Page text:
How do you like your boiled eggs? It’s really about that yolk. Soft boiled and runny? Medium and creamy? Nice and firm?
The best method for how to make boiled eggs is the same no matter how you like them. Like I said, my favorite is to boil the eggs the entire time and set a timer to get them just right. It’s just a matter of how long…
How Long To Boil Eggs
How long to boil eggs depends on how much you want them done. Hard boiled eggs will take longer, and soft boiled eggs take less time. But, the difference is really just a matter of minutes.
Lucky for you, I tested how long to boil eggs by going through a few dozen of them! I took out a couple boiled eggs at a time, at one-minute intervals. Why two at a time? I wanted to make sure that the result was not a fluke.
Then, I even repeated this twice! This way, we would get a very consistent answer. I wanted to guarantee perfect hard boiled eggs every time!
Can you over boil eggs? Oh, yes. For sure.
How do you know if boiled eggs are overcooked? There are a couple of ways to tell. The first indicator is rubbery whites. Yuck.
The more common way to identify overcooked hard boiled eggs is a greenish-gray surface (ring) around the yolk. You don’t want that.
What causes the greenish-gray ring? It’s a chemical reaction between the sulfur in the egg white and the iron in the yolk. Though not harmful, the yolk will be very dry.
Preventing this is easy. Just boil your eggs for the right amount of time, and you’ll be fine!
How long to boil eggs also depends on the method you use. As mentioned before, the method of boiling until they are done will take less time. If you use the other method, where you bring the water to a boil and then remove from heat, they will take longer.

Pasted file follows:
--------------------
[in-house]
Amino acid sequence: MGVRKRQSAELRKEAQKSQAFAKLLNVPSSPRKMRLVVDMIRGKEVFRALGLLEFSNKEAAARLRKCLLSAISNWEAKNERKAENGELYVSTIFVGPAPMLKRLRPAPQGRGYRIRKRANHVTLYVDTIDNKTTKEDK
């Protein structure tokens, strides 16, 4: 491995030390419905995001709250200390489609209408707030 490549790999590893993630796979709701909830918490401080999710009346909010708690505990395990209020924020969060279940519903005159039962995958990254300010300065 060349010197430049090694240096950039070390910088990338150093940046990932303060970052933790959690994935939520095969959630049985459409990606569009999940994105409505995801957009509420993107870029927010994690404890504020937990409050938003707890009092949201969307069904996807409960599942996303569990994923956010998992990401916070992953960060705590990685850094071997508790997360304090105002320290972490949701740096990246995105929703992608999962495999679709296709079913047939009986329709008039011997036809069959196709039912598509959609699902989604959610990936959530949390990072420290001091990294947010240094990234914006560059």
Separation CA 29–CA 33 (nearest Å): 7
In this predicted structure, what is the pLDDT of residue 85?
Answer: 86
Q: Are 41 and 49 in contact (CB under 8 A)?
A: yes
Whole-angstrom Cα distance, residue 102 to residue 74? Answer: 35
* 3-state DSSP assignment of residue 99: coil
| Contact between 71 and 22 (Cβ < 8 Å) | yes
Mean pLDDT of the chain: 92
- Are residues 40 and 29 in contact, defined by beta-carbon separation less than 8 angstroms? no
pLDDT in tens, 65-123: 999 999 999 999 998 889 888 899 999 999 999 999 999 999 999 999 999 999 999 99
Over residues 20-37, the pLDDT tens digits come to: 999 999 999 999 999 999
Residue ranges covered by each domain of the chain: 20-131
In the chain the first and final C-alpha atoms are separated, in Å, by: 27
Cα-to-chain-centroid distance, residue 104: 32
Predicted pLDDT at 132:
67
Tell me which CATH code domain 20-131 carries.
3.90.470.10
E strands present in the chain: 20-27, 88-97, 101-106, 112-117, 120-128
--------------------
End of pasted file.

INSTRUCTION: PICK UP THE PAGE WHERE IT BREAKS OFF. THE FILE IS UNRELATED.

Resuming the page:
Hard Boiled Eggs Time Chart
Okay, we need a hard boiled eggs time chart. (I love charts!) Just follow these cook times, and you’ll know how to boil eggs perfectly every time:
|1 minute||Very runny soft boiled eggs|
|2 minutes||Runny soft boiled eggs|
|3 minutes||Very gooey medium boiled eggs|
|4 minutes||Gooey medium boiled eggs|
|5 minutes||Just set medium boiled eggs|
|6 minutes||Medium-hard boiled eggs|
|7 minutes||Very creamy hard boiled eggs|
|8 minutes||Creamy hard boiled eggs|
|9 minutes||Firm hard boiled eggs|
|10 minutes||Very firm hard boiled eggs|
Just to be clear, this is how long to boil eggs after the water has reached a rolling boil.
Also, these times are based on large eggs. This is the most common size, and it’s what I buy. The times might take a little longer to get to the same level of doneness if you have extra large or jumbo eggs, or be done quicker if you have medium eggs.
Here is a visual showing how the boiled eggs look after 1 minute, all the way to 10 minutes:
How To Peel Hard Boiled Eggs Easily
Before I figured out how to peel hard boiled eggs, the process drove me crazy. It was so long and tedious, especially if you make a big batch to have in the fridge. I’d pick off little pieces of shell, and could never get a smooth end result.
Fortunately, after some testing, I found a sure, foolproof way to peel hard boiled eggs easily every time. There are several parts to it:
- Start with eggs that are a few days old. Why? Fresh eggs are slightly less acidic, so the white sticks to the inner shell more. As the egg gets older, the shell absorbs more air, becomes more acidic, and also shrinks slightly. All of these aspects create more space between the egg white and the shell. That means easy peel boiled eggs!
- Add salt and vinegar to the water before cooking. I already talked about this above. The salt permeates the shell a little bit, and the vinegar helps to break down the shells, making them easier to peel.